The Washington Capitals signed restricted free agent Richard Zednik to a three-year deal yesterday, giving them a full complement of players for the final 10 days of preseason.

Zednik, 23, will make a base salary of $650,000, $685,000 and $765,000 over the three seasons and can earn significantly more should he reach certain performance bonuses. The deal came together when the sides closed a $150,000 gap by splitting the difference and altering a few incentive packages. The winger was expected to head to Washington last night from Slovakia, where he spent the summer.

He is among a highly talented core of young players the Capitals expect to break through this season. Zednik, Jan Bulis and Yogi Svejkovsky all have dynamic offensive abilities, but their progress has been hindered by injuries. After gaining international attention for his strong playoff performance in 1998, Zednik was limited to nine goals and 17 points in just 49 games last season because of shoulder and groin injuries.

"He has the ability to provide goal production and be a very explosive player," General Manager George McPhee said. "He brings great speed, and given a full season and a healthy season he could be a very effective player for us. It's up to him now. It's a three-year deal and he has three years to really work hard and turn himself into a top player."

Zednik, the 249th pick in the 1994 draft, scored 79 goals in 126 junior hockey games. He is entering his third full season with the Capitals. He has good skills with the puck and some of the most powerful legs in the league. He's tough to knock off the puck and brings a creative flair to a team in need of offensive help. The 6-foot, 200-pounder led all NHL rookies in goals, points and power-play goals in the 1998 playoffs, and scored 17 goals in 65 games with Washington in 1997-98.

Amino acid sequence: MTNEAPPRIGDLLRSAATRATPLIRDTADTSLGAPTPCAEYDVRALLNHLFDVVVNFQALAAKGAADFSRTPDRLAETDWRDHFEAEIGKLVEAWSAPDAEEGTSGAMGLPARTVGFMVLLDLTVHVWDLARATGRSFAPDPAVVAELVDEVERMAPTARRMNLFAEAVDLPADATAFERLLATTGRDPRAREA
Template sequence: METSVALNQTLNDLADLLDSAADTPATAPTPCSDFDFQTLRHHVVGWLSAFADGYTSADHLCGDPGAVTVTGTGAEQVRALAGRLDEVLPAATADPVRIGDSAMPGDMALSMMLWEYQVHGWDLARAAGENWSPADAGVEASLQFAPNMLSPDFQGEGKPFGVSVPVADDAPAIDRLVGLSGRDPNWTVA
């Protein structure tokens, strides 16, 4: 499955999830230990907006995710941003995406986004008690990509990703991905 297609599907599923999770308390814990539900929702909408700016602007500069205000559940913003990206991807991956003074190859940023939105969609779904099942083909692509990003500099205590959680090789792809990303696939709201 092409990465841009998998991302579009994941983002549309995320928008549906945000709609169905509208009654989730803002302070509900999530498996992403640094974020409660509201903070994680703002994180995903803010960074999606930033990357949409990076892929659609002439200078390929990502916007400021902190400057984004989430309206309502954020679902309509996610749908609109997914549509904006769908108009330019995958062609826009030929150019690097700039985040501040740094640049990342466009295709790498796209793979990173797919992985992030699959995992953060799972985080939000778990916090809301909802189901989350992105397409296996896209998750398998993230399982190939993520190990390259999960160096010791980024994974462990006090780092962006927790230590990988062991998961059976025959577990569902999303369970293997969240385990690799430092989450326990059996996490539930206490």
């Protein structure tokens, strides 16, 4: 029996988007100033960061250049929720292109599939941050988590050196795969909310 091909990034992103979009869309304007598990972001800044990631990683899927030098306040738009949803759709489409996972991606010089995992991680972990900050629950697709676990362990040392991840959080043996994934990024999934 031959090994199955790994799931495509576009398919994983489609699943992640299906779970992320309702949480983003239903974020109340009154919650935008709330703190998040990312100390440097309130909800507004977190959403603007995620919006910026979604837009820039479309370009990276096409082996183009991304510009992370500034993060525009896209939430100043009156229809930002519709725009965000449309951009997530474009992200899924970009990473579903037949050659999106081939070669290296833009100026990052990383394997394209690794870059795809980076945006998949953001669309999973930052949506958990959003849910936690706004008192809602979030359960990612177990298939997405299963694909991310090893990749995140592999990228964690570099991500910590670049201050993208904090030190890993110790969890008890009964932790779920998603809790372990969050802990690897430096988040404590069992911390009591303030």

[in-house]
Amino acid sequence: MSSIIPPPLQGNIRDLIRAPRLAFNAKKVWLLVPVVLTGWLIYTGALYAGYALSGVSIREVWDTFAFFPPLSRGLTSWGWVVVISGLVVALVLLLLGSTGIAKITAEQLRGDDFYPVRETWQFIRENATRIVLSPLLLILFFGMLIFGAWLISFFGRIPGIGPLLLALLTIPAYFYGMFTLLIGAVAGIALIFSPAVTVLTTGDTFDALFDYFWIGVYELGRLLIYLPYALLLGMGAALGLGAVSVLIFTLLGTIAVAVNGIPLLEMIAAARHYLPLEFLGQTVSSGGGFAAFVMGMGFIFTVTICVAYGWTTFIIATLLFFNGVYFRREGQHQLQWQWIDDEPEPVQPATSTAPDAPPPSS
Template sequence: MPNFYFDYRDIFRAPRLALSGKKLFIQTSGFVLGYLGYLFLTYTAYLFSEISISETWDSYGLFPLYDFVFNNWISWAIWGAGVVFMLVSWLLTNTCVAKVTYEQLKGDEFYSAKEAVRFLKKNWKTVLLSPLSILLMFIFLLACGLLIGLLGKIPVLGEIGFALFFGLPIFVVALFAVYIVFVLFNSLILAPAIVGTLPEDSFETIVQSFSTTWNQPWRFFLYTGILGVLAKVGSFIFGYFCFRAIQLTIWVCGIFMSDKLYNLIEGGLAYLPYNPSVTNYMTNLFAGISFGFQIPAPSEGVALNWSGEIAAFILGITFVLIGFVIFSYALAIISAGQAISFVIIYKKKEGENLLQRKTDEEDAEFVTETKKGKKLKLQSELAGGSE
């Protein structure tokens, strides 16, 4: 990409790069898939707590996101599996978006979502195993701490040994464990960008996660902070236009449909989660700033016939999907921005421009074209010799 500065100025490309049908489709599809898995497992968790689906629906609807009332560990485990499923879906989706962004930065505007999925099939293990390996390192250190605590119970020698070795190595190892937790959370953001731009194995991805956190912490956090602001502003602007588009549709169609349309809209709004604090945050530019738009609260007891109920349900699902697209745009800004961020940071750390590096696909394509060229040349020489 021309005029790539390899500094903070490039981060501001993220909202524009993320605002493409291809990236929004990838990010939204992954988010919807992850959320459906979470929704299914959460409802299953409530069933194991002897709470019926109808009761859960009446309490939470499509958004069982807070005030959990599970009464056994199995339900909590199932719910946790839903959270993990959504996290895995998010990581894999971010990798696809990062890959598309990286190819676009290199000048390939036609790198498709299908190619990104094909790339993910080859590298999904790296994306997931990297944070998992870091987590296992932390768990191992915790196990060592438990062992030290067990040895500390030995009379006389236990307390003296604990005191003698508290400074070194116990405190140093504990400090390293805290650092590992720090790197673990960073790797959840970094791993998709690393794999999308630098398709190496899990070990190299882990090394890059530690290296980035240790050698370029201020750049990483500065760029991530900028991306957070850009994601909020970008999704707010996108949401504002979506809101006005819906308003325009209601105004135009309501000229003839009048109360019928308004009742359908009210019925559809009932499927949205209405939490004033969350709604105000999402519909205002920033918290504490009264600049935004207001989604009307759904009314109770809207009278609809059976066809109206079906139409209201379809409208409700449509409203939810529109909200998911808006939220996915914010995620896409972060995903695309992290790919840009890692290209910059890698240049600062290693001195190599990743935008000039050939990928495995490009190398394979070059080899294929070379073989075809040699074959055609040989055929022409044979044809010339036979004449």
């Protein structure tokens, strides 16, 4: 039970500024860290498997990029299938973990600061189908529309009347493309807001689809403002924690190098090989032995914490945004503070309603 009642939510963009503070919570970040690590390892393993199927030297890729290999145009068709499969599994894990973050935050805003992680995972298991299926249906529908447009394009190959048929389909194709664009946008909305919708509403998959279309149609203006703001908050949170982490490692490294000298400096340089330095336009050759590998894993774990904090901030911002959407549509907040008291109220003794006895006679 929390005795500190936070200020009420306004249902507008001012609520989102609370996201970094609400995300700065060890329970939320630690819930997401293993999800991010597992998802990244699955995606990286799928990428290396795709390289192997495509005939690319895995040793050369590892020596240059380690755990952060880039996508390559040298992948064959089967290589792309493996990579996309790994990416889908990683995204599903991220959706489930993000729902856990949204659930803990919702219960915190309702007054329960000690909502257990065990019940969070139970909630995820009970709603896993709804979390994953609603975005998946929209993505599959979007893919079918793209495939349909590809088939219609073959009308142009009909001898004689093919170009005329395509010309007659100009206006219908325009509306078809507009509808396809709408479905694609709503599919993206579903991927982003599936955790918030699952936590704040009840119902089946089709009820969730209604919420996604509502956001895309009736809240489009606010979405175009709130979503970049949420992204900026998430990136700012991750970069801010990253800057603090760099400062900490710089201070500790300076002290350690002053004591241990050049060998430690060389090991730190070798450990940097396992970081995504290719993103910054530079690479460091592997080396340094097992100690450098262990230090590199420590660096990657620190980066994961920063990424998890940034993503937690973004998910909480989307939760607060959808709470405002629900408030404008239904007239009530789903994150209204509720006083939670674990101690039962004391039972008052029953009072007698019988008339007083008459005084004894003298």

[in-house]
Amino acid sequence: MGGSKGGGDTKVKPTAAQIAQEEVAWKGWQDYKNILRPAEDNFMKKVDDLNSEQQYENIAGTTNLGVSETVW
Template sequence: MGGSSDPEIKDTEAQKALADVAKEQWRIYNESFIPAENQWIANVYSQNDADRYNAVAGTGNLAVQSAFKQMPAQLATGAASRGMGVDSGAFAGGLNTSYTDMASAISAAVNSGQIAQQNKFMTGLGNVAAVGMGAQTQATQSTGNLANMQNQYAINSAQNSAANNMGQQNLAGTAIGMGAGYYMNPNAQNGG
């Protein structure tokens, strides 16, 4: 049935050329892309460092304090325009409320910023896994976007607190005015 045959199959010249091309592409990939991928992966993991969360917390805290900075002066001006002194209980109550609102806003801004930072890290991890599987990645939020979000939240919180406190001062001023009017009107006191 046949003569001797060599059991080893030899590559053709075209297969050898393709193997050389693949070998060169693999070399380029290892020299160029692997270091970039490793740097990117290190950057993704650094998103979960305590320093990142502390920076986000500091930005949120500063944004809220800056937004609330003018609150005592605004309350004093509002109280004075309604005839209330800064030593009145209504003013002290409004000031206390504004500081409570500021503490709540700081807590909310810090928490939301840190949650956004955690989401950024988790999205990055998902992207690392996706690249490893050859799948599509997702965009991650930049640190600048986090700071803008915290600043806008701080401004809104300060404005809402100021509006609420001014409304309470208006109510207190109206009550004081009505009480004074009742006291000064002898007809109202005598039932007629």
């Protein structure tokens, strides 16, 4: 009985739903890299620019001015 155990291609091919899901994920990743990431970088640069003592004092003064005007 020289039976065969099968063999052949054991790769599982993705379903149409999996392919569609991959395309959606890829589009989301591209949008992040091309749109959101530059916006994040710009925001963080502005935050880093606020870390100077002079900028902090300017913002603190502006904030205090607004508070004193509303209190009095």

The Capitals hope Zednik will be in fine condition when he reports to camp, and expect to see him sometime today or early Thursday. After assessing his physical condition, the team will decide when he will be ready for preseason action. The Capitals play five games in seven days, beginning tonight against Carolina in Fayetteville, N.C. Zednik usually reports in great shape and had been practicing with teams in his homeland.

However, there is always a danger that players who miss part of camp feel pressured by other young players progressing around them and try to do too much too soon.

"Missing 10 days is not the end of the world, but I personally believe it's important to be there from the start," McPhee said. "He has to catch up now and it would be nice if he had that under his belt. Everybody else is 10 days ahead of him and you always run the risk of hurting yourself trying to catch up with a truncated training period. He's always in great shape and he's been skating over there, so we hope it's not an issue."

Youngsters such as Bulis, Svejkovsky and Alexandre Volchkov have been impressive in camp thus far. Zednik was penciled on a line with Bulis and Steve Konowalchuk at the start of camp. Zednik's arrival will make it more difficult for Volchkov, the fourth overall pick in the 1996 draft, to crack the lineup after two poor seasons in the minors. Volchkov had been skating in Zednik's spot. Regardless of which players are playing where, the Capitals anticipate big things from their group of youngsters.

"We always have these high expectations for some of these young people like Yogi and Zed," Coach Ron Wilson said. "But, to be perfectly honest, we still don't know what some guys can do because we've been so banged up.

"We've seen some points in series and playoff games, and I have an idea what Richard Zednik can do when he's healthy--same with Yogi and Jan Bulis--but potential does not win you hockey games. It's time to produce on a consistent basis. The season is 82 games. If these guys could give me 70 good games I'd be happy."

Capitals Notes: Owner Ted Leonsis said the organization gave itself a "B" for its game-night production during the preseason opener Friday. The club will change some of the video displays and other details, and unveil new theatrics at the Oct. 9 home opener. . . .

The Capitals have the NHL's best penalty killing this decade, thwarting 84 percent of opposing power plays since Jan. 1, 1990. Chicago is second at 83.9 percent. The Capitals rank seventh on the power play and 12th in overall record in that span. Center Adam Oates is first among active players and second only to Wayne Gretzky in points this decade with 847 (Gretzky, who retired in April, had 940). Oates trails Gretzky in assists this decade as well, 652-702.